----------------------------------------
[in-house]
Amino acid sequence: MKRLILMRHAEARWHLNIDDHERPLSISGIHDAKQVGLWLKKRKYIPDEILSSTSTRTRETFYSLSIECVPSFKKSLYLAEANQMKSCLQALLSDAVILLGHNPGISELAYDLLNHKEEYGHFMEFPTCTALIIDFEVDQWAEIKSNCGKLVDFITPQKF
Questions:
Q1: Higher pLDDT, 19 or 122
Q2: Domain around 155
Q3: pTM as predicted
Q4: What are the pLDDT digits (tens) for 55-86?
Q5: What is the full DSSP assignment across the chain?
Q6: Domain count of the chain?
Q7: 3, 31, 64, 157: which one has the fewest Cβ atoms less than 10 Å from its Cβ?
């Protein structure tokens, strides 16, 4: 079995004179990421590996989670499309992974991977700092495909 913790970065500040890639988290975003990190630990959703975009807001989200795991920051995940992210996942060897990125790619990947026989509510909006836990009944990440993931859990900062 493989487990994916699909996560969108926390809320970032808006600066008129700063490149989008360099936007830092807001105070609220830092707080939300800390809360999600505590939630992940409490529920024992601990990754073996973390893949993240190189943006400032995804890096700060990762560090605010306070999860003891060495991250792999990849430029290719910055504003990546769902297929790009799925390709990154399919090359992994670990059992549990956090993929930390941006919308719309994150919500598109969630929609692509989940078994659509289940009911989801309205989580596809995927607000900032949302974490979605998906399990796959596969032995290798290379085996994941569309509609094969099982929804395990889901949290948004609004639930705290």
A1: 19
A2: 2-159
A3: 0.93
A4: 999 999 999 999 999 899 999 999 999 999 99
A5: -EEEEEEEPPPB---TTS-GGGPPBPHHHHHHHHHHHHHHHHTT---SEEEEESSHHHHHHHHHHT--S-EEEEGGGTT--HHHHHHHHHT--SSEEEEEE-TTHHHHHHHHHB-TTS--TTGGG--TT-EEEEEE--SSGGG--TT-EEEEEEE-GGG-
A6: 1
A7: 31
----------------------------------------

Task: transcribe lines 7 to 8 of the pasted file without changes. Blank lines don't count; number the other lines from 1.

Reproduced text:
Q4: What are the pLDDT digits (tens) for 55-86?
Q5: What is the full DSSP assignment across the chain?